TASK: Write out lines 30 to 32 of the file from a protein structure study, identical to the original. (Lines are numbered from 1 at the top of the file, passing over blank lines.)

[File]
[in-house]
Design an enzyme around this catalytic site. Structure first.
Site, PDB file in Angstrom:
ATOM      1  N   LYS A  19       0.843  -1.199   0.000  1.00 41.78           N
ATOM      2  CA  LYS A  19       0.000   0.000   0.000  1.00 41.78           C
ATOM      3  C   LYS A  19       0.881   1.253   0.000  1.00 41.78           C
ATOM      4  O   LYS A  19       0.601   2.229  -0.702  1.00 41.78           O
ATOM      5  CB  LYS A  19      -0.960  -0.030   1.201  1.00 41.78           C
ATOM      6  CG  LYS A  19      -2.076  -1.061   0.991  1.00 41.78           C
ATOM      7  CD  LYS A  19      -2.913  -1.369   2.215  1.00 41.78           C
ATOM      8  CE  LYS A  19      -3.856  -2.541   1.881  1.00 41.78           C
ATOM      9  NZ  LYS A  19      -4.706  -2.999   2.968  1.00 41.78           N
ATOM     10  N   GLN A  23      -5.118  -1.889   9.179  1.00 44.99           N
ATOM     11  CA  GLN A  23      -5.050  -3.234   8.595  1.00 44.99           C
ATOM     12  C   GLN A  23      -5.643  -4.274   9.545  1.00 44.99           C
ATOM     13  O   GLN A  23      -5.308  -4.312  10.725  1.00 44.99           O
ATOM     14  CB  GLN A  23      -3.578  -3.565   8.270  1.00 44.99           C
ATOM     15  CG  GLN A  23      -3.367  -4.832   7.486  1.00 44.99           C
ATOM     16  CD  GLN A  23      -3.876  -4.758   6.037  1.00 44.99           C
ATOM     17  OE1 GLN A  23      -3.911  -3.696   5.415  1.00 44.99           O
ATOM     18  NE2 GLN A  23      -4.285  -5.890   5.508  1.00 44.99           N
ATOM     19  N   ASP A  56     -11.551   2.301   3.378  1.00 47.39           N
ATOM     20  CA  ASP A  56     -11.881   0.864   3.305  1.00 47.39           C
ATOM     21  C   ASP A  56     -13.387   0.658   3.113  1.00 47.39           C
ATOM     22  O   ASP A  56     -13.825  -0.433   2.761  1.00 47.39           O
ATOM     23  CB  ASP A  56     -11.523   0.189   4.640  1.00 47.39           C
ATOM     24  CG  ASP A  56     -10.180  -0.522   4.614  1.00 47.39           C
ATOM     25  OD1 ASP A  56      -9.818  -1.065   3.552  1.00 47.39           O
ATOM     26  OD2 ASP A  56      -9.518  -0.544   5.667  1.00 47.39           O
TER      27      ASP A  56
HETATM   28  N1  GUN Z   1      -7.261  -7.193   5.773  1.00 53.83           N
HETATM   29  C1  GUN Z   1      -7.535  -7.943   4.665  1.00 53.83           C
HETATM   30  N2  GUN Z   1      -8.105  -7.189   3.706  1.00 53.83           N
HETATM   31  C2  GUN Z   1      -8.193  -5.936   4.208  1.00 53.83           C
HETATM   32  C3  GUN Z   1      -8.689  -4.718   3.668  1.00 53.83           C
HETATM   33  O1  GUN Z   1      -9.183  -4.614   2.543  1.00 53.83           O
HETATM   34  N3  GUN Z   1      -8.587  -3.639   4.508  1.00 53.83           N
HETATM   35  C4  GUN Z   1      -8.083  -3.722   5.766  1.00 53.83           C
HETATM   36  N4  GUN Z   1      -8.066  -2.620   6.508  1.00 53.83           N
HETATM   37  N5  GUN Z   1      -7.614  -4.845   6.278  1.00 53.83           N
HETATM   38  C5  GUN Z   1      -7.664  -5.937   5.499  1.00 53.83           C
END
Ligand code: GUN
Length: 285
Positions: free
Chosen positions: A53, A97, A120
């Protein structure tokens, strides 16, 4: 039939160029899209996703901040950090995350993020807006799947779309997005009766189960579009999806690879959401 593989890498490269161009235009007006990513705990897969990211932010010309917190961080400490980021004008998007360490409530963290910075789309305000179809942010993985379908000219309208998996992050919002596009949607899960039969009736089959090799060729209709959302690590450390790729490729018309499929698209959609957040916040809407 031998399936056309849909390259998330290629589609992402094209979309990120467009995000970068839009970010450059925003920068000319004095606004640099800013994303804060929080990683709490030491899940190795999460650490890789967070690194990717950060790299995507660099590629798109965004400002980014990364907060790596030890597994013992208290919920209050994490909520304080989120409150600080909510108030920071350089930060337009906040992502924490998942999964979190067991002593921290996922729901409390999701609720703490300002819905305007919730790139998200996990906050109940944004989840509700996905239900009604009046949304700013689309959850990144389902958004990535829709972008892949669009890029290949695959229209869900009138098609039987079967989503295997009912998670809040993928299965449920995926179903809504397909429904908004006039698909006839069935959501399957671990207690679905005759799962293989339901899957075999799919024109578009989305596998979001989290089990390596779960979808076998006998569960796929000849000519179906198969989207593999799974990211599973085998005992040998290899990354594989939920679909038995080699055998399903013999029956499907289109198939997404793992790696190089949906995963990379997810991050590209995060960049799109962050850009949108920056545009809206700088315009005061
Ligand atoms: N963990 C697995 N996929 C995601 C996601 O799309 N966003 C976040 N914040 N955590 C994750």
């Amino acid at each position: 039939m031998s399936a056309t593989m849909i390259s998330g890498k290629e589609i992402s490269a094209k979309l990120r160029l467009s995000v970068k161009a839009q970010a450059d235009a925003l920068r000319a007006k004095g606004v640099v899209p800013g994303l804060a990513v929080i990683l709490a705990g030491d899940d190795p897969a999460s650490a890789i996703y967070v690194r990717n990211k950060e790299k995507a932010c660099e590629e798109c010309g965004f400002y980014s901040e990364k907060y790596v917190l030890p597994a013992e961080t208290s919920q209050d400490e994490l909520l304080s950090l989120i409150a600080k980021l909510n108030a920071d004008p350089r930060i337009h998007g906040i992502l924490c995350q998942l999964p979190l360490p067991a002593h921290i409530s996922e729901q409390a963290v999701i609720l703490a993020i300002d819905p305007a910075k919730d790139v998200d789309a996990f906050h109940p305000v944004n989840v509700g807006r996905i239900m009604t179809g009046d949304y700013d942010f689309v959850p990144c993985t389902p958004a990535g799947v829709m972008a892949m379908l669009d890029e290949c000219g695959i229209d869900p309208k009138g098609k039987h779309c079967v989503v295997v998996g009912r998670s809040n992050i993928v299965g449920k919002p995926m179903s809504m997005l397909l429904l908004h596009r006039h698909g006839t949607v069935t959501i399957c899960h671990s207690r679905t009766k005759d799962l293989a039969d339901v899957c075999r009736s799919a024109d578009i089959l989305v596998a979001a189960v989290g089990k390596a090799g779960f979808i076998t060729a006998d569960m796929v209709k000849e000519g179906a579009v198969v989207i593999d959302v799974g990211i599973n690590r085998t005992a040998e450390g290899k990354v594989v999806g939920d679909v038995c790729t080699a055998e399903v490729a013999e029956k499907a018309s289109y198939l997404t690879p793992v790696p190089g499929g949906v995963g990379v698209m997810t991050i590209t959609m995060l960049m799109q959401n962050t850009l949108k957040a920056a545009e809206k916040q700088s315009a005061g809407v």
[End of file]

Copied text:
TER      27      ASP A  56
HETATM   28  N1  GUN Z   1      -7.261  -7.193   5.773  1.00 53.83           N
HETATM   29  C1  GUN Z   1      -7.535  -7.943   4.665  1.00 53.83           C